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1/2 years) 10:00-10:30 a.m. Preschool (ages 3-5) 10:4511:15 a.m. Baby & Me (birth-1 1/2 years) 11:30-11:50 a.m. Must pre-register in person. Sew It! At the Library Presented by Ellen Lumpkin Brown Tuesday, January 29, 6:00 p.m. Grades 6-9 - This hands-on experience will teach you how to

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operate a sewing machine and sew a simple drawstring backpack for yourself. Beyond the Melting Point Presented by Don Succardi Tuesday, February 12 & 19 6:00-7:30 p.m. Grades 6-9 - Learn about the chemistry of dry ice, ice and its melting point. Discover its impact on how we treat icy surfaces. Public works will be

demonstrating their road treatment equipment as well. Craft Show to benefit Whippanong Library on Saturday, March 30, 10 a.m. - 4 p.m. at the Hanover Twp. Community Center. Save the date and come to the 7th annual Craft Show to benefit the Whippanong Library. Admission is $3.00 which includes 1 sheet of tricky tray tickets. Children under 12 free.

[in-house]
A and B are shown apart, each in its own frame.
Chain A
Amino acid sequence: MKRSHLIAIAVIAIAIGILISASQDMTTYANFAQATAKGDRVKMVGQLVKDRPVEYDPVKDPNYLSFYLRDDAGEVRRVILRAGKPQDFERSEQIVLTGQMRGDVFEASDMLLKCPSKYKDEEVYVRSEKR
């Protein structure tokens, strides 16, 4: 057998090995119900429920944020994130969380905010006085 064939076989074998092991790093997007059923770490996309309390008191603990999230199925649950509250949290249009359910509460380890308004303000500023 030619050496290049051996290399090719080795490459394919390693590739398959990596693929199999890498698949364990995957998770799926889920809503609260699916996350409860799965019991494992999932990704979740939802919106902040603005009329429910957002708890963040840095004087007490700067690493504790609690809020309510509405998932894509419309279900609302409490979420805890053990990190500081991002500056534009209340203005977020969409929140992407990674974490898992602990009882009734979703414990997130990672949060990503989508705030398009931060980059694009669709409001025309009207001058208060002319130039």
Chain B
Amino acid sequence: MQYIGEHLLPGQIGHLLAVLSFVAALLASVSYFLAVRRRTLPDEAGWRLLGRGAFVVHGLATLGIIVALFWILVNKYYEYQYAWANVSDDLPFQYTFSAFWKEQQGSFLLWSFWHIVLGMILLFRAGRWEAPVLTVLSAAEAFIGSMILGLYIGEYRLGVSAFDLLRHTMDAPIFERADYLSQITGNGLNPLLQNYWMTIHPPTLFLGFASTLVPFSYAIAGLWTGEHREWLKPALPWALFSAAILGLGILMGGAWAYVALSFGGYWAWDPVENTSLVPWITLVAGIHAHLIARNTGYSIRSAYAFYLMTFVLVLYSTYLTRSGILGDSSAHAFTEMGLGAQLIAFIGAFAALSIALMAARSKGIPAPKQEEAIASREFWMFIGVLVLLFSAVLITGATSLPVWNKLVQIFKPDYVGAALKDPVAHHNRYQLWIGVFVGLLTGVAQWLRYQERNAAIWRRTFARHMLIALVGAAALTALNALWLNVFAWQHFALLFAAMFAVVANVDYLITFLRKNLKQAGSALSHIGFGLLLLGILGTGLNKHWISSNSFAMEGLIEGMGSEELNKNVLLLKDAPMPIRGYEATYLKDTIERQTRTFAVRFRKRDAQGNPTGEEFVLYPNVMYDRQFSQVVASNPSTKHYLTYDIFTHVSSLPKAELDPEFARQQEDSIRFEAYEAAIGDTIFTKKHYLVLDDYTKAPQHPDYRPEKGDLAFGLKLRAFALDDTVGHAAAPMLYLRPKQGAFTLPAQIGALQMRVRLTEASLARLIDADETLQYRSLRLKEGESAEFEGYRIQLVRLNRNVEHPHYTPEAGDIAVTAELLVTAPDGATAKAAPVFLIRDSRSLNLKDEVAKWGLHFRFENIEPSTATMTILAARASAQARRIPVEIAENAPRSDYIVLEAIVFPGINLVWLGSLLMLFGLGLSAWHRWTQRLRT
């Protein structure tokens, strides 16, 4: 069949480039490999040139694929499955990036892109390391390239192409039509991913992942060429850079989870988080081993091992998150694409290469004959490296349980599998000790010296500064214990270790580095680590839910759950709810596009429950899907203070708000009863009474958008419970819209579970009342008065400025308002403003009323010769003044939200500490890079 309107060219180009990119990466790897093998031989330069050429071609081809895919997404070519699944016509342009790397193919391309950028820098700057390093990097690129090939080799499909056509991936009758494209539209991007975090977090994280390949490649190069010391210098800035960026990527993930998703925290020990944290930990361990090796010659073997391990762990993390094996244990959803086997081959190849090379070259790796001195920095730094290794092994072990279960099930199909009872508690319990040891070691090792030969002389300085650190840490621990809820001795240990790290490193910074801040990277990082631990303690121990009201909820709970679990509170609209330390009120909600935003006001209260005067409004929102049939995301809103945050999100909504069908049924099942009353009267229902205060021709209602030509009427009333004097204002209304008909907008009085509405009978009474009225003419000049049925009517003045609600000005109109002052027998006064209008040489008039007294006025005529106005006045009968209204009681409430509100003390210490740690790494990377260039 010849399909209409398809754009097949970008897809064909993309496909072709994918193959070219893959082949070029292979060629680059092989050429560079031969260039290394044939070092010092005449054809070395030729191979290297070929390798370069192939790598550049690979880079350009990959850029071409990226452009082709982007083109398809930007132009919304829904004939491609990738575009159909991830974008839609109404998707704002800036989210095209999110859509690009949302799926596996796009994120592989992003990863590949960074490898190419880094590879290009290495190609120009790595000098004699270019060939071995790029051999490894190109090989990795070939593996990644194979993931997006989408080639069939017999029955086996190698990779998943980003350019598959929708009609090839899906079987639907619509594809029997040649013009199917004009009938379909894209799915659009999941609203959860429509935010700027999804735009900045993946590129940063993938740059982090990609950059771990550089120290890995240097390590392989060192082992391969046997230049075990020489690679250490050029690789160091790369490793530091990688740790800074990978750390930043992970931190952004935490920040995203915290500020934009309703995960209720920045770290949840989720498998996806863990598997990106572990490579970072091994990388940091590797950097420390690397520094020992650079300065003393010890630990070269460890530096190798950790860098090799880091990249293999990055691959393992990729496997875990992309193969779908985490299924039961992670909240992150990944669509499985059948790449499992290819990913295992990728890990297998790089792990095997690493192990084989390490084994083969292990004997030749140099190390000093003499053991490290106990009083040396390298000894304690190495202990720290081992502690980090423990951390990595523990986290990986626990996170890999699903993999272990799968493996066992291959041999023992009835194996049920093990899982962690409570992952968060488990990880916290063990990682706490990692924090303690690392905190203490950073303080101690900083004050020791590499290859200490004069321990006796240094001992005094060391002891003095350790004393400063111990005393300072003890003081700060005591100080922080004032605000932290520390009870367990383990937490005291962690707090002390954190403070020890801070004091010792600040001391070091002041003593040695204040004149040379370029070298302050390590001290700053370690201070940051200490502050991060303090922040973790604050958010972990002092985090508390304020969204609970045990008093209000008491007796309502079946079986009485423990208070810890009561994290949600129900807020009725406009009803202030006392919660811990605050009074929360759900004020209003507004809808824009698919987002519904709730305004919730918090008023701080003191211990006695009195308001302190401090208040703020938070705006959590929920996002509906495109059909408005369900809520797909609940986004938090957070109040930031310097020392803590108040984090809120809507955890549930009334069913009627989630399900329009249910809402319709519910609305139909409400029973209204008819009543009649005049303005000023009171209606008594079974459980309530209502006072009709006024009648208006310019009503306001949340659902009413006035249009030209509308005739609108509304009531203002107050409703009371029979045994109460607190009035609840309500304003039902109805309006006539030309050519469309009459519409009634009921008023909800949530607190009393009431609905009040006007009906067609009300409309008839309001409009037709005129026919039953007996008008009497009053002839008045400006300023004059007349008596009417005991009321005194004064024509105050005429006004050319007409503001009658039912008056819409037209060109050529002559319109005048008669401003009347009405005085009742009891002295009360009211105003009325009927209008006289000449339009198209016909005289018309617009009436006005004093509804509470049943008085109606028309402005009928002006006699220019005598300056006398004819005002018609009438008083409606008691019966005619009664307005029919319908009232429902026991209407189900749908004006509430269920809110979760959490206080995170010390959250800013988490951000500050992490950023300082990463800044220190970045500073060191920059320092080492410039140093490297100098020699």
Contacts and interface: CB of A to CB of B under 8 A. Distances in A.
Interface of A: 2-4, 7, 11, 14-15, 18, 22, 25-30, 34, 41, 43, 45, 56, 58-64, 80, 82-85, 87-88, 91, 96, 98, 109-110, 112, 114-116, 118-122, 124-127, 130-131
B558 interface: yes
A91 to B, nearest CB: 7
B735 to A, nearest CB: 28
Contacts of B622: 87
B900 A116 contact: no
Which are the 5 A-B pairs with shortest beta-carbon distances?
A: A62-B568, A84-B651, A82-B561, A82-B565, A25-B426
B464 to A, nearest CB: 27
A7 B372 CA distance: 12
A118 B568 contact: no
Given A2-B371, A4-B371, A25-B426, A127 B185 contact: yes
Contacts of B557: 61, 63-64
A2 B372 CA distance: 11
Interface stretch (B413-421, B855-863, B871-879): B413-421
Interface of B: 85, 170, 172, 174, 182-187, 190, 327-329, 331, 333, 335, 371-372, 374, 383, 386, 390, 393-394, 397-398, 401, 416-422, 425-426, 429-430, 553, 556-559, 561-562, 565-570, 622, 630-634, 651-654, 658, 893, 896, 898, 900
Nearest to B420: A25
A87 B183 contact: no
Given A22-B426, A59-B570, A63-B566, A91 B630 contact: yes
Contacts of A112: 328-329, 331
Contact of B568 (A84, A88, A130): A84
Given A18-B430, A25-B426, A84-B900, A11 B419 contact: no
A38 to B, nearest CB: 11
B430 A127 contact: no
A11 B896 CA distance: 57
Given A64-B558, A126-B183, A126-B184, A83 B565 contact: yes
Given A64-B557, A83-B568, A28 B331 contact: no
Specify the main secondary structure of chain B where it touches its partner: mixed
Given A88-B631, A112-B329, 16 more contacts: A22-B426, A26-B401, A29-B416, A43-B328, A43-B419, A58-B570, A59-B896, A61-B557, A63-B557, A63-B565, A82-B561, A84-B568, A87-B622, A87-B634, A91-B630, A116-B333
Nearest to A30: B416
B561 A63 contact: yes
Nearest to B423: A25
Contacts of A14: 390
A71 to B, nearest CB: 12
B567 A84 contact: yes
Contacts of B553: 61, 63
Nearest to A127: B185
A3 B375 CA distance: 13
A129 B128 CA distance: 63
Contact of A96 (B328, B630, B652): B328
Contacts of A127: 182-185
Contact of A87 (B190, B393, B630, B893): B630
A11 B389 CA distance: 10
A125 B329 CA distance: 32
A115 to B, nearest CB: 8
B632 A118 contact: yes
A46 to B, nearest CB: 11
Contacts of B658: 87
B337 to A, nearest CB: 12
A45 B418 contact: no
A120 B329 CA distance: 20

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Page 12 • January 2019 • Greater Hanover Life

NJ Coalition for Education and Positive Choices Officially Announces Friday Nights at Mennen Arena is Back Starting Friday January 4 and running ten consecutive Friday nights through March 8 at 7:30 p.m. until 10 p.m.


his major initiative by The NJ Coalition for Education and Positive Choices, in conjunction with Mennen Arena, will provide families, especially children, with an opportunity to have fun with their friends in a safe, chaperoned, healthy, drug- free environment. Those partaking in the program sponsored by the Coalition will be afforded a reduction in the price of admission and skate rental. The total cost of this event will be $7 per person (normally $12) and will include admission, skate rental and a full night of ice skating to the music of The Great DJ Earl. Mennen Arena also has a snack bar which will be open all night for those who care to indulge. However, snacks are not included in the price of admission. Each Friday night will have a different theme with the hope of not only entertaining our children, but creating interest in new activities, hobbies and possible future career opportunities to which they might not have otherwise been exposed.